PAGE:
by Denise Belser
City leadership in promoting financial inclusion and family economic success has changed significantly over the past 10 years. More than ever, municipal leaders are playing key roles in ensuring access to low or no-cost banking services, financial education, anti-predatory lending resources, free tax preparation services, free credit counseling and other supports for families who operate on the fringe of an increasingly complex financial system.
As part of a family economic empowerment initiative that began four years ago, NLC's Institute for Youth, Education and Families (YEF Institute) has been providing cities with in-depth technical assistance and helping them bring innovative local efforts to scale. Through this project, NLC has served as a catalyst in supporting the establishment of more than 50 local "Bank On" programs that connect unbanked and underbanked residents with mainstream financial services. The YEF Institute has also drawn upon this work to publish a toolkit that offers cities a step-by-step guide for launching a Bank On program as well as a scan of the Bank On field commissioned by the U.S. Department of the Treasury.
To continue advancing a dialogue among local officials about how to empower families financially in communities with varying political, economic and financial climates, the YEF Institute recently convened representatives of 19 cities for a two-day strategy session in San Francisco.
"The convening gave us some great ideas about how to implement strategies that will help build financial stability for Kalamazoo's residents, many of whom are struggling to make ends meet in the current economic climate," said Kalamazoo, Mich., Mayor Bobby J. Hopewell. "Having the opportunity to hear real examples of strategies that worked from other cities was invaluable."
Pathways to Scale and Sustainability
City teams attending the convening, which was co-sponsored by Cities for Financial Empowerment (CFE) with support from the Ford Foundation, embraced specific strategies that they could initiate upon returning home, such as incorporating one-on-one financial counseling into financial education programs, establishing children's savings accounts and identifying new partnerships to offer peer-to-peer, no-cost, credit-building loan programs as an alternative emergency source of funding for families who rely on payday lenders, pawn shops and other predatory outlets.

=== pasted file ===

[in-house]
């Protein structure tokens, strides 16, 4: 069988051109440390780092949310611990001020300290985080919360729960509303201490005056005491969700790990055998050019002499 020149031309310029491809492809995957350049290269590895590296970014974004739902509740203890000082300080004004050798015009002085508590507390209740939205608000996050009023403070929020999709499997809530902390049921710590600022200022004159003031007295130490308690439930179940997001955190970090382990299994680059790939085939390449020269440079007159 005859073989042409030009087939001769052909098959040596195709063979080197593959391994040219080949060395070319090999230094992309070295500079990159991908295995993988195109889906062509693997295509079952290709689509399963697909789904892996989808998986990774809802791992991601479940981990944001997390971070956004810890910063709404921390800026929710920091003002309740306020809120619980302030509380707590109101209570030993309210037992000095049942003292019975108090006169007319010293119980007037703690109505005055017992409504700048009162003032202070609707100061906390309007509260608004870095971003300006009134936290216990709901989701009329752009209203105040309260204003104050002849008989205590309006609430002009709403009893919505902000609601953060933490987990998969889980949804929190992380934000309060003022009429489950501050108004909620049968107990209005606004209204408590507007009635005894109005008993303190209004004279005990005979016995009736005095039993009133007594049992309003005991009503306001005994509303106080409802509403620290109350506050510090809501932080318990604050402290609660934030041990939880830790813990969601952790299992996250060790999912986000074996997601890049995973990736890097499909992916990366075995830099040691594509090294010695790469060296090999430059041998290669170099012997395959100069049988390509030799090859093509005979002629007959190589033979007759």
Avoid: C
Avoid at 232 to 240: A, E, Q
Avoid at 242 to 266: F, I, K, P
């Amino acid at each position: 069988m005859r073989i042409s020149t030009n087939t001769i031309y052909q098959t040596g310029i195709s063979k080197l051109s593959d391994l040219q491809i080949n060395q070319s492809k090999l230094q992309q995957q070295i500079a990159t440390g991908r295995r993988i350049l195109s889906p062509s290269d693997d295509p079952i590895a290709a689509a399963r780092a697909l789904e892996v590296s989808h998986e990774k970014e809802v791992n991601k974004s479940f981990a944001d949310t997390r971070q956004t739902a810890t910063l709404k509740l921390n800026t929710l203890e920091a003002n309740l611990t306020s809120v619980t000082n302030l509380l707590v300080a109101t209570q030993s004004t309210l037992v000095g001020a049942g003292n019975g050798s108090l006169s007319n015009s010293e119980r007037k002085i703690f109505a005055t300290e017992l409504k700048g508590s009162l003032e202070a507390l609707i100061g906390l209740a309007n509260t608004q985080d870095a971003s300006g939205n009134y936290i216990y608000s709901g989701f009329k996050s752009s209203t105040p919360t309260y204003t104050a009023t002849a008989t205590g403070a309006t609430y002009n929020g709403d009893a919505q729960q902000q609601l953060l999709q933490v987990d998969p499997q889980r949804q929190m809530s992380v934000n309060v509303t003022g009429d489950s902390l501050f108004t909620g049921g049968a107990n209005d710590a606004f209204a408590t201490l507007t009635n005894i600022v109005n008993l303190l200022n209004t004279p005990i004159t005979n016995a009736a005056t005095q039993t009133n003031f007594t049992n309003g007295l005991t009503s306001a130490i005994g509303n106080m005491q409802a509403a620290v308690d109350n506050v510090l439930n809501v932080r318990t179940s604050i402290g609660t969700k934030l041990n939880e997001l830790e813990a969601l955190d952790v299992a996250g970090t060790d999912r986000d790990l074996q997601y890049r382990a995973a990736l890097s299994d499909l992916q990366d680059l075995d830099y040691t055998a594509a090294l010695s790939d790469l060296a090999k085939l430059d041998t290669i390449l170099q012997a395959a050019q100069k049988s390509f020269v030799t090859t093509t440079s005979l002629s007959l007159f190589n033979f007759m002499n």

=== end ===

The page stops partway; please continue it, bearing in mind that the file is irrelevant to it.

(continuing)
National experts and city leaders shared their expertise on a variety of topics ranging from data collection and evaluation to new partnership strategies. Participants agreed on the importance of stronger, more aligned partnerships, dedicated capacity to support a financial empowerment agenda and service integration strategies to make a greater impact on the lives of residents who are struggling to make ends meet.
New York City Commissioner of Consumer Affairs Jonathan Mintz and San Francisco Treasurer José Cisneros led an inspiring plenary session about local challenges and the future of the municipal financial empowerment field.
Last year, New York City embraced a holistic approach for integrating financial empowerment strategies into a range of human services provided by the city. Referred to as the "supervitamin" approach, this concept resonated with participants who are wrestling with how to connect the dots between traditional human services (such as services to victims of domestic violence) and their Earned Income Tax Credit outreach and Bank On programs. New York's Office of Financial Empowerment (OFE) is making headway by forging strategic partnerships with a broad array of stakeholders.
In San Francisco, Mayor Edwin Lee and Treasurer Cisneros are gearing up for the launch of CurrenC SF, a new electronic payroll initiative that will encourage every business in the city to pay their employees electronically through direct deposit services as a first step in enhancing the financial security of all San Franciscans. The city is also promoting payroll cards as an alternative to direct deposit, which will allow workers to withdraw their pay in full and get cash back from point-of-sale transactions.Cities Roll up their Sleeves
Participants left the convening with two to three action items to pursue upon returning home. Virginia Beach, Va., leaders hope to increase the rate at which residents save money as a short-term outcome but are also striving to put families on a firmer road to economic security by raising credit scores and lowering personal debt levels. Establishing an OFE and engaging the business community are high on the city's priority list.
In Omaha, Neb., local leaders will try to bring current financial empowerment initiatives to scale and incorporate their efforts into the work of social service agencies such as the department of public health.
"I came to San Francisco hoping to learn more about how to combat predatory lending in Dallas," said Councilman Jerry Allen of Dallas, Texas. "What I came away with was information about a holistic set of strategies that can financially empower Dallas residents, such as broadening partnerships to include nonprofit organizations and the faith-based community to establish a financial education network and develop a financial empowerment center for residents. As always, the NLC is a flashlight that continues to lead my way."Details:
To learn more about the YEF Institute's financial empowerment initiatives, visitwww.nlc.org/iyef
or contact Laura Fischer at (202) 626-3056 or firstname.lastname@example.org